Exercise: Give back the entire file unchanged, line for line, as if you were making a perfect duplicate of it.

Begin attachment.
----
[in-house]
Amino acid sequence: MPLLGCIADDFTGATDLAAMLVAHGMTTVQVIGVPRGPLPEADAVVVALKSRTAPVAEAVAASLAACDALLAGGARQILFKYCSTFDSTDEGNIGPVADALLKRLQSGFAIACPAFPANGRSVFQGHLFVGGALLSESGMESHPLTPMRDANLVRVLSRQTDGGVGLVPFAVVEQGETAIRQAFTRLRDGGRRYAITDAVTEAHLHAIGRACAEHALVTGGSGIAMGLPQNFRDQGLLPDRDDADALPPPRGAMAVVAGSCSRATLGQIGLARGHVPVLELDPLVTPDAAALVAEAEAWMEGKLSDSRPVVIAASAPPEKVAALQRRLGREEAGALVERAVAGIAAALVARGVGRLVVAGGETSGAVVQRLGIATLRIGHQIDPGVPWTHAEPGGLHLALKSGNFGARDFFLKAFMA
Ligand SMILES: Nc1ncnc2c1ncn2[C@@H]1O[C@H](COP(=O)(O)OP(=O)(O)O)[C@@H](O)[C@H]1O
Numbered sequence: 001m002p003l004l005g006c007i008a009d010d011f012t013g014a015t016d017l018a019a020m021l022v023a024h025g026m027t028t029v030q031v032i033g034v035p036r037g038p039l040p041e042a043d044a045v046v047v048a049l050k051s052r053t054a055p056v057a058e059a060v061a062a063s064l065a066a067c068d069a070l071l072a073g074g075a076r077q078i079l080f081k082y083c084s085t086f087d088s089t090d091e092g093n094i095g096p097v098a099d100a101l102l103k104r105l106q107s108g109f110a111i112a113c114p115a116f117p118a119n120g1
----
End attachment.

[in-house]
Amino acid sequence: MPLLGCIADDFTGATDLAAMLVAHGMTTVQVIGVPRGPLPEADAVVVALKSRTAPVAEAVAASLAACDALLAGGARQILFKYCSTFDSTDEGNIGPVADALLKRLQSGFAIACPAFPANGRSVFQGHLFVGGALLSESGMESHPLTPMRDANLVRVLSRQTDGGVGLVPFAVVEQGETAIRQAFTRLRDGGRRYAITDAVTEAHLHAIGRACAEHALVTGGSGIAMGLPQNFRDQGLLPDRDDADALPPPRGAMAVVAGSCSRATLGQIGLARGHVPVLELDPLVTPDAAALVAEAEAWMEGKLSDSRPVVIAASAPPEKVAALQRRLGREEAGALVERAVAGIAAALVARGVGRLVVAGGETSGAVVQRLGIATLRIGHQIDPGVPWTHAEPGGLHLALKSGNFGARDFFLKAFMA
Ligand SMILES: Nc1ncnc2c1ncn2[C@@H]1O[C@H](COP(=O)(O)OP(=O)(O)O)[C@@H](O)[C@H]1O
Numbered sequence: 001m002p003l004l005g006c007i008a009d010d011f012t013g014a015t016d017l018a019a020m021l022v023a024h025g026m027t028t029v030q031v032i033g034v035p036r037g038p039l040p041e042a043d044a045v046v047v048a049l050k051s052r053t054a055p056v057a058e059a060v061a062a063s064l065a066a067c068d069a070l071l072a073g074g075a076r077q078i079l080f081k082y083c084s085t086f087d088s089t090d091e092g093n094i095g096p097v098a099d100a101l102l103k104r105l106q107s108g109f110a111i112a113c114p115a116f117p118a119n120g1